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Spotting Showy Skimmers

Pondhawk (female)

As we move ever faster towards the dog days of summer, unexpected beauty is beginning to crowd the air above the water at Shaver’s Creek. Yes, Dragonfly flight season is in full swing and some of the largest and showiest of our species are beginning to emerge in search of mates—and their mosquito prey. I am talking about the Libellulidae family, more commonly referred to as the skimmers.

The largest of all the dragonfly families, skimmers come in a wide variety of sizes, and are well-known for their colorful patterns and conspicuous nature. Adult males are often the easiest to spot and identify, but be careful: female and male skimmers are dimorphic, meaning they appear different from one another. Adding to the challenge of identification is the fact that in most species, the males change as they mature. Luckily for the casual naturalist, skimmers tend to perch and fly conspicuously, offering plenty of opportunities for photographs and observation.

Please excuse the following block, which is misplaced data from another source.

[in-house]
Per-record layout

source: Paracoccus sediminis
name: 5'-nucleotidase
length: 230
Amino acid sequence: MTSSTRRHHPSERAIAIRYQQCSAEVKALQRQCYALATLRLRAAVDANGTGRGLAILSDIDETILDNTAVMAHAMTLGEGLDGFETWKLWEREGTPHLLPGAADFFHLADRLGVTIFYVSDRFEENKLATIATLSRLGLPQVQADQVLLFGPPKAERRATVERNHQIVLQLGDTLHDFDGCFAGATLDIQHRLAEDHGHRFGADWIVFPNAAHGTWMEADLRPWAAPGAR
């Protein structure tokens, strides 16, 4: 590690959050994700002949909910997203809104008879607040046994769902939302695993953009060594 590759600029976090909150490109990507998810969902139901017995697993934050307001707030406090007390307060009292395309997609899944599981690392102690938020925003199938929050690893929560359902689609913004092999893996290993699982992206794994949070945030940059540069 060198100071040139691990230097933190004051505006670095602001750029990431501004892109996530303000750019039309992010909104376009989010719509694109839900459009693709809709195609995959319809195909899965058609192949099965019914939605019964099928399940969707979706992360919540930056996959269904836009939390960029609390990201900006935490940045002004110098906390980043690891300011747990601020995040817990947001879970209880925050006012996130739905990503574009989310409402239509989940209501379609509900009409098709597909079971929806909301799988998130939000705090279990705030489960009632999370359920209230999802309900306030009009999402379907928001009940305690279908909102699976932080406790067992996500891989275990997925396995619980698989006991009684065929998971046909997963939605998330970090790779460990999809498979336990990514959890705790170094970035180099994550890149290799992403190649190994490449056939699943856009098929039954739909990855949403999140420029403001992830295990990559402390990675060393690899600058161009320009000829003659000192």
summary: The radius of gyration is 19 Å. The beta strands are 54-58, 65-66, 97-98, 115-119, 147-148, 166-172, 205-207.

L-Widow Skimmer M-some kinda Clubtail R-Common Whitetail (all 3 males) SM
L to R: Window Skimmer, Clubtail, Common Whitetail (all male)
Clubtail

Three of our most common species of skimmers, the Common Whitetail, the Twelve-Spotted Skimmer, and the Window Skimmer are in flight right now around Shaver’s Creek. These species have distinctive bold wing markings, often perch and patrol in plain sight, and are fairly approachable. All of these factors make them great specimens for observation and photography. All three can be found along the boardwalk trail here at Shaver’s Creek, and Twelve-Spotted Skimmers have been seen laying eggs in the frog pond! So come on out to Shaver’s Creek and enjoy one of summer’s greatest shows.